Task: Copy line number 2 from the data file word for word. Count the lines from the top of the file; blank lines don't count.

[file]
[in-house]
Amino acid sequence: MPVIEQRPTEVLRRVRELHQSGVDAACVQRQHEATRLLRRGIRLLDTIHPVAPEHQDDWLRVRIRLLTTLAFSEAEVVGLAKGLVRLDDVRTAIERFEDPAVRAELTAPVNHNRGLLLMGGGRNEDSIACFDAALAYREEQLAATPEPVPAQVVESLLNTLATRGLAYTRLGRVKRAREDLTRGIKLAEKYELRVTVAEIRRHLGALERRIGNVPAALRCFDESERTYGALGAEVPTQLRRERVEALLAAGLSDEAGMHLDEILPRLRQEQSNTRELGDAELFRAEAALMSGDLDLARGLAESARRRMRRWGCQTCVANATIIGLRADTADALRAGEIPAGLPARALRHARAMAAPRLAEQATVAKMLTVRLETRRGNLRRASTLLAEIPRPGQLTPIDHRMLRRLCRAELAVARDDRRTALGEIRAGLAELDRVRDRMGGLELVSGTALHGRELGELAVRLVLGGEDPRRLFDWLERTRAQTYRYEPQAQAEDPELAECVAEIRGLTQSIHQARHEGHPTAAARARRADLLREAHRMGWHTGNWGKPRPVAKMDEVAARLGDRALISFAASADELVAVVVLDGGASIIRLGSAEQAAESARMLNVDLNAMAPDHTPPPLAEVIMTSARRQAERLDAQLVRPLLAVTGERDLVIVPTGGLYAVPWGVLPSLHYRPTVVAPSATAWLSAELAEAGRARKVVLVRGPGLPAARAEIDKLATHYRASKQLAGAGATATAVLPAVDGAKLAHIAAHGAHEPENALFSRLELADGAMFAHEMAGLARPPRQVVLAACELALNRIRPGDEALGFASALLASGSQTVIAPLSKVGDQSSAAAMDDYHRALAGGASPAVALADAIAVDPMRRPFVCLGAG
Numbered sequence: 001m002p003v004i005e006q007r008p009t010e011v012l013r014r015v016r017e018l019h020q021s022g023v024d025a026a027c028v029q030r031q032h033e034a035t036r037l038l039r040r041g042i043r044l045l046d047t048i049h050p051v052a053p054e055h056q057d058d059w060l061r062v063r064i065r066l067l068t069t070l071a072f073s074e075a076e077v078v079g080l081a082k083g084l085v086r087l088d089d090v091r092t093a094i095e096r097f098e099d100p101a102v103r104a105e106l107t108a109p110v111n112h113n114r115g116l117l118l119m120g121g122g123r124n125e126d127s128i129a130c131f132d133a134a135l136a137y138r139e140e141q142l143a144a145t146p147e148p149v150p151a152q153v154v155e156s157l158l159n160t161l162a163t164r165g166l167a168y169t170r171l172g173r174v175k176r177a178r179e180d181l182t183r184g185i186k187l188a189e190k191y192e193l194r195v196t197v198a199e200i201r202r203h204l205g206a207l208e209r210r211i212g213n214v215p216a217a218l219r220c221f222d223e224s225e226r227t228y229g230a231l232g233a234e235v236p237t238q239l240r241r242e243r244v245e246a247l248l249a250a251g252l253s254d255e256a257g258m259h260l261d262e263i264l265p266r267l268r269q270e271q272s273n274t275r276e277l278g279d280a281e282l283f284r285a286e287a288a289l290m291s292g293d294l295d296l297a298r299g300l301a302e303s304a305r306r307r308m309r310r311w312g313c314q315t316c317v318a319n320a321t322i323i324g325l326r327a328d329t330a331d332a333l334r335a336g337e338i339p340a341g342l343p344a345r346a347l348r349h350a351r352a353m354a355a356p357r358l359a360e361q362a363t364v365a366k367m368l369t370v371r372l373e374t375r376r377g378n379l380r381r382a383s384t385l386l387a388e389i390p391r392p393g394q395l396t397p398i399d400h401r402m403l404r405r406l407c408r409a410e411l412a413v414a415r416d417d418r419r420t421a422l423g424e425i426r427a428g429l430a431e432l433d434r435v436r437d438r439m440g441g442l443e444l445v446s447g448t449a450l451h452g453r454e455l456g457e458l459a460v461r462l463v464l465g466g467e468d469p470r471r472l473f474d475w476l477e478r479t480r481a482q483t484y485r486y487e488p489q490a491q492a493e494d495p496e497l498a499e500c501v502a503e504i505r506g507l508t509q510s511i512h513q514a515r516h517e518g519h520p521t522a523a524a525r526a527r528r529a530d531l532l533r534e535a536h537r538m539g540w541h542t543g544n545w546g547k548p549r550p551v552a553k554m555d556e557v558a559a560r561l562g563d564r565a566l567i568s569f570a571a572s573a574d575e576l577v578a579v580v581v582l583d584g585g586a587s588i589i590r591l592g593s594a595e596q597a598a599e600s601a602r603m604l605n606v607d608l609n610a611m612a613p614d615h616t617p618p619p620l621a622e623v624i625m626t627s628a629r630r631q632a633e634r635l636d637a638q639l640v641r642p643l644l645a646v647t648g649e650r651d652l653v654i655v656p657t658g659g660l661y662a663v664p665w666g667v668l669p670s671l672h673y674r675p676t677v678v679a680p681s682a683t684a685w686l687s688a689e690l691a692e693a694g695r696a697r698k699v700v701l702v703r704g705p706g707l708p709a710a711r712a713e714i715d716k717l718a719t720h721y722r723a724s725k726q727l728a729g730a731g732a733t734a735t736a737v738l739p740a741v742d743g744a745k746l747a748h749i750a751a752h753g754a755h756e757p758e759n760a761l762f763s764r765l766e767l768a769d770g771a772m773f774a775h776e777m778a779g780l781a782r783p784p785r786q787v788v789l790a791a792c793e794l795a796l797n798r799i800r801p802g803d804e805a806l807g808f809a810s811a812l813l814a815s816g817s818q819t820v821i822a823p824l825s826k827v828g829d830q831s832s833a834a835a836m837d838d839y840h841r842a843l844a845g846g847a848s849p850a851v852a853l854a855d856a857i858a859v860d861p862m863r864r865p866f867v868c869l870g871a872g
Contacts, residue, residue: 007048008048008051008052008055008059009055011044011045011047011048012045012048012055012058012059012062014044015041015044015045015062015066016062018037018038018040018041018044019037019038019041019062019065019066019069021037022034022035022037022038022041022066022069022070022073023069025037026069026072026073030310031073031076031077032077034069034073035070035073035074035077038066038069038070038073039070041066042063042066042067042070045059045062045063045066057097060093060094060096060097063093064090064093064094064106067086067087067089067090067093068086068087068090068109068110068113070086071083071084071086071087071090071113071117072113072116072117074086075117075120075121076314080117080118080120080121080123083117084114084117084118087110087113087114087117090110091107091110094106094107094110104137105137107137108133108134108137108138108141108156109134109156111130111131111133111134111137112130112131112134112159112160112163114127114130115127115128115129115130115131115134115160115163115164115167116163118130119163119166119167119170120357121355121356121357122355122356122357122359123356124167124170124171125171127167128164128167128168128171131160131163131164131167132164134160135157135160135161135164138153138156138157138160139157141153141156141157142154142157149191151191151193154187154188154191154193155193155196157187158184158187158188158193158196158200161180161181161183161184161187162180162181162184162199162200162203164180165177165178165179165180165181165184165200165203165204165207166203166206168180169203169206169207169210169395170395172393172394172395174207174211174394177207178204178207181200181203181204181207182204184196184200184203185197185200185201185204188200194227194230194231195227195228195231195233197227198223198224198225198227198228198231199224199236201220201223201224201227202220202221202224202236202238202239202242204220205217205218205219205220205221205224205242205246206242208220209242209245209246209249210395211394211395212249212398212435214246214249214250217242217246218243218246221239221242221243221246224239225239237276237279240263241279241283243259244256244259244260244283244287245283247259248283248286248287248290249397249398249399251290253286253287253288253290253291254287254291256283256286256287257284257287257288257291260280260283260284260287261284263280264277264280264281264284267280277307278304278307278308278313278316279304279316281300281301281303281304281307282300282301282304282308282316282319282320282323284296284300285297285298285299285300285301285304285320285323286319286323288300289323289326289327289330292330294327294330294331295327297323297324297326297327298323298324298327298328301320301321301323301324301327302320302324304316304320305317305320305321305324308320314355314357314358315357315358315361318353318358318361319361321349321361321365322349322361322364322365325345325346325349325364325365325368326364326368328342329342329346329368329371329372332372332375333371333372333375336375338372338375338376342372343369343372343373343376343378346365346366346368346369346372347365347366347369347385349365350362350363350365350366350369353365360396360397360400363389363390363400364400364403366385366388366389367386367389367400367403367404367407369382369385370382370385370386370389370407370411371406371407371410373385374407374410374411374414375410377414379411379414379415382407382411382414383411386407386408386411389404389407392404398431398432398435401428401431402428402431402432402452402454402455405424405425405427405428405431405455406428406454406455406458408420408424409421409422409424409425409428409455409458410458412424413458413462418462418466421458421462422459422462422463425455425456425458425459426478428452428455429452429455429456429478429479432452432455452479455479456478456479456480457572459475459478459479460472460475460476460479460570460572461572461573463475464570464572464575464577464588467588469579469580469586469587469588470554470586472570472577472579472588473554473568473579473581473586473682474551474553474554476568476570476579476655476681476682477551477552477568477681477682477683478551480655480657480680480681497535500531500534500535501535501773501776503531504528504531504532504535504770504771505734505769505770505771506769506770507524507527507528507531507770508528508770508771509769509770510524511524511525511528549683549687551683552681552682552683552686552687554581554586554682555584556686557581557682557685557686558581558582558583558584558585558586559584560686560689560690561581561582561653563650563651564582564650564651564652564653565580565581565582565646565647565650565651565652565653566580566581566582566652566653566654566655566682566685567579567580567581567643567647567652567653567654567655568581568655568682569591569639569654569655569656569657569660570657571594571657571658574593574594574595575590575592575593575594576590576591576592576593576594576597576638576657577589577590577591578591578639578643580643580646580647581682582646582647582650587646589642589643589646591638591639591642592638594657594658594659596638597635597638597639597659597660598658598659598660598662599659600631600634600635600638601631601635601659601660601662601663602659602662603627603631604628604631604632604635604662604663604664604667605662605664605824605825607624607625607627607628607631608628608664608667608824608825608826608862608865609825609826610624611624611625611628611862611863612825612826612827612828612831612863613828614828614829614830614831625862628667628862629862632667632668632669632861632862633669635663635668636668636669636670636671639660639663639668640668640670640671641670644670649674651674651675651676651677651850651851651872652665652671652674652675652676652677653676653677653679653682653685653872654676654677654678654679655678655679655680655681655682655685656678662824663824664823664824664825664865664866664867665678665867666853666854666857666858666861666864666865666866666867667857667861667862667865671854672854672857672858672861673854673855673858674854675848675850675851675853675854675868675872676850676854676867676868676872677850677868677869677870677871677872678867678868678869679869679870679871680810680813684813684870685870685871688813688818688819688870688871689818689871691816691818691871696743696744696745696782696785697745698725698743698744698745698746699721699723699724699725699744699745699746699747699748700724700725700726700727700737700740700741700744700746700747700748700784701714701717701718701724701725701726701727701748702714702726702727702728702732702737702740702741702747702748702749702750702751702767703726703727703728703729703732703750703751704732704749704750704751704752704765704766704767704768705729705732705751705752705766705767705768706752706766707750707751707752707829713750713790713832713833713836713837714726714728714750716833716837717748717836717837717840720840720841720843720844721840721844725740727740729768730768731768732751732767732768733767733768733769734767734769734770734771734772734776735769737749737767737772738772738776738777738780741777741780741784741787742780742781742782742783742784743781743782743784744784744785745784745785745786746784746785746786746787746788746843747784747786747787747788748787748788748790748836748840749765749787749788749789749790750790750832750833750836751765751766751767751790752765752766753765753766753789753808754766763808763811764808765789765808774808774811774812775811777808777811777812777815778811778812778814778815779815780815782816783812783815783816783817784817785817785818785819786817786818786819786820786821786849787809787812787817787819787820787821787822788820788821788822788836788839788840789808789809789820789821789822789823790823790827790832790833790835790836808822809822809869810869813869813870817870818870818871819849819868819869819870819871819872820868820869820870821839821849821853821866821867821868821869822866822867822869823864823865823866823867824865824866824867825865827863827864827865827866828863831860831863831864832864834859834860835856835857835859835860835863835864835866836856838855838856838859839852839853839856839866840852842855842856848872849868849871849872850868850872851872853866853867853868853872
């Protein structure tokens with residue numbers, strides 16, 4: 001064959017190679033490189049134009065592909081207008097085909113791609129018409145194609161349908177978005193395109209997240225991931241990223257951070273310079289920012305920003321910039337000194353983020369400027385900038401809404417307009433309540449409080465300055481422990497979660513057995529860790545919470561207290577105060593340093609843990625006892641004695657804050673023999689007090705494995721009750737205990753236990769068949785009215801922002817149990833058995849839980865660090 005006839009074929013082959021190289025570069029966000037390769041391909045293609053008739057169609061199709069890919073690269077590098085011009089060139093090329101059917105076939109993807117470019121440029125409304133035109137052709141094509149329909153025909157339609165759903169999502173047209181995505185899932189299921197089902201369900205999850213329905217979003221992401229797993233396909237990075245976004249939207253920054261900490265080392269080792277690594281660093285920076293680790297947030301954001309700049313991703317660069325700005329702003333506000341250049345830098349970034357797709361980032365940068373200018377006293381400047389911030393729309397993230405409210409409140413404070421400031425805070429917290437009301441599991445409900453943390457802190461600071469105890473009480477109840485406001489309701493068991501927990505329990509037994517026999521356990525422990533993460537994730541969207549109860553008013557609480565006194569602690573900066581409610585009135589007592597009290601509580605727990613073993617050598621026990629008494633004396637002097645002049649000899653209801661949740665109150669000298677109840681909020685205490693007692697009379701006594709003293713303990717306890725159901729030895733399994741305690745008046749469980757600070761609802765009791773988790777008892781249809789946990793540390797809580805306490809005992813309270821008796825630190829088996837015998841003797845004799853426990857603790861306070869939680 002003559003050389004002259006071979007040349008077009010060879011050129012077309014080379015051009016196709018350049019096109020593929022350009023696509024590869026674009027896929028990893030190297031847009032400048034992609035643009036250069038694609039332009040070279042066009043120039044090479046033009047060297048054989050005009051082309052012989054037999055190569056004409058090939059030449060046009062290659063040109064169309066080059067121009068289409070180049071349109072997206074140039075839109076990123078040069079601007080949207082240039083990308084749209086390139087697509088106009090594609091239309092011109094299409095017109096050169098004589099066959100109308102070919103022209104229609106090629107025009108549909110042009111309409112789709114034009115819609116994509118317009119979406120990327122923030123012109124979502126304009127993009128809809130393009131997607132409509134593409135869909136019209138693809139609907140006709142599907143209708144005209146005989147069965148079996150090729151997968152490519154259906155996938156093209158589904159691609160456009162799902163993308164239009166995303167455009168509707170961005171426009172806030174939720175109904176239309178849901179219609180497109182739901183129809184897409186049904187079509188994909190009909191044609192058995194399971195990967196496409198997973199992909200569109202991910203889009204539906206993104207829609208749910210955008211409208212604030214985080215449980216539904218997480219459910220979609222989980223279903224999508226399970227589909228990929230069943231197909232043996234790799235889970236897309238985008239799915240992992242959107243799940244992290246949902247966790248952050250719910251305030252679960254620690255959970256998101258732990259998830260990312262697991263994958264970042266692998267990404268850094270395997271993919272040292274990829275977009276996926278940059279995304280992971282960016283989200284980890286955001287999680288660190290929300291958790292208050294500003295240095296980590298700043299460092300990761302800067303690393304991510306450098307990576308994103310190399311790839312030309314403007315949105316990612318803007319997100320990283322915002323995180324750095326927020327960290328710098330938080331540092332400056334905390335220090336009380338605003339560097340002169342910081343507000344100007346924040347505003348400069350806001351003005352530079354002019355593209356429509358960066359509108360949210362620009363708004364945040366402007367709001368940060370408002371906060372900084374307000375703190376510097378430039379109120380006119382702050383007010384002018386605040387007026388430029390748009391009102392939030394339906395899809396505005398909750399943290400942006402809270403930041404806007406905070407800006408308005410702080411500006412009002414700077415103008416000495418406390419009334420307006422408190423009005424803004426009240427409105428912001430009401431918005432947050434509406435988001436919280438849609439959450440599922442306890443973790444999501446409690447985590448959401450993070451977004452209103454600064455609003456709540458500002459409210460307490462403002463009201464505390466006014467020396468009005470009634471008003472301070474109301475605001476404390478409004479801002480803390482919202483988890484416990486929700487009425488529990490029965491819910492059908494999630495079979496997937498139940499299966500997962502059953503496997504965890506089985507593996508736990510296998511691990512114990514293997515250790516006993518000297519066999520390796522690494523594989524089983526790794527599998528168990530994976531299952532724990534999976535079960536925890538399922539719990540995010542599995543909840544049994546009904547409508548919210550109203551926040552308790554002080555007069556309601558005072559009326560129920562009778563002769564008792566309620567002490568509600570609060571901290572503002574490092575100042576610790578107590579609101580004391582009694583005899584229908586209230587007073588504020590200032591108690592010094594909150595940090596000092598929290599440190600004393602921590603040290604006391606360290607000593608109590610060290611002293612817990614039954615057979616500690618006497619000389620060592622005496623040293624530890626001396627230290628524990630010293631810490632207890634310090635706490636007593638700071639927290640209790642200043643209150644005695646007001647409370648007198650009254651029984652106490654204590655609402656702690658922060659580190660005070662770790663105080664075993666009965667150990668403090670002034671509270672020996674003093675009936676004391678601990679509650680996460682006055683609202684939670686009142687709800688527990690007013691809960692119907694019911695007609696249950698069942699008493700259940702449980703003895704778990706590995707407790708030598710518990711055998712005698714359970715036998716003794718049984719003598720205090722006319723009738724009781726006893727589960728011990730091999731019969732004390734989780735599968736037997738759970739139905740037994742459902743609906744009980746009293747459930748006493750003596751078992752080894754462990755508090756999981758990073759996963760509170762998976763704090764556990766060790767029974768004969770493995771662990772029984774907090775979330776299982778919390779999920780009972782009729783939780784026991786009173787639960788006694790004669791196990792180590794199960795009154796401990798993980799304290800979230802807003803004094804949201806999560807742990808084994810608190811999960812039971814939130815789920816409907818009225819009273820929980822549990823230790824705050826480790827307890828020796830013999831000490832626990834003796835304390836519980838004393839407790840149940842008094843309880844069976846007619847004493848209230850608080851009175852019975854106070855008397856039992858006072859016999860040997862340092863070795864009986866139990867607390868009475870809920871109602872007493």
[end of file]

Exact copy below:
Amino acid sequence: MPVIEQRPTEVLRRVRELHQSGVDAACVQRQHEATRLLRRGIRLLDTIHPVAPEHQDDWLRVRIRLLTTLAFSEAEVVGLAKGLVRLDDVRTAIERFEDPAVRAELTAPVNHNRGLLLMGGGRNEDSIACFDAALAYREEQLAATPEPVPAQVVESLLNTLATRGLAYTRLGRVKRAREDLTRGIKLAEKYELRVTVAEIRRHLGALERRIGNVPAALRCFDESERTYGALGAEVPTQLRRERVEALLAAGLSDEAGMHLDEILPRLRQEQSNTRELGDAELFRAEAALMSGDLDLARGLAESARRRMRRWGCQTCVANATIIGLRADTADALRAGEIPAGLPARALRHARAMAAPRLAEQATVAKMLTVRLETRRGNLRRASTLLAEIPRPGQLTPIDHRMLRRLCRAELAVARDDRRTALGEIRAGLAELDRVRDRMGGLELVSGTALHGRELGELAVRLVLGGEDPRRLFDWLERTRAQTYRYEPQAQAEDPELAECVAEIRGLTQSIHQARHEGHPTAAARARRADLLREAHRMGWHTGNWGKPRPVAKMDEVAARLGDRALISFAASADELVAVVVLDGGASIIRLGSAEQAAESARMLNVDLNAMAPDHTPPPLAEVIMTSARRQAERLDAQLVRPLLAVTGERDLVIVPTGGLYAVPWGVLPSLHYRPTVVAPSATAWLSAELAEAGRARKVVLVRGPGLPAARAEIDKLATHYRASKQLAGAGATATAVLPAVDGAKLAHIAAHGAHEPENALFSRLELADGAMFAHEMAGLARPPRQVVLAACELALNRIRPGDEALGFASALLASGSQTVIAPLSKVGDQSSAAAMDDYHRALAGGASPAVALADAIAVDPMRRPFVCLGAG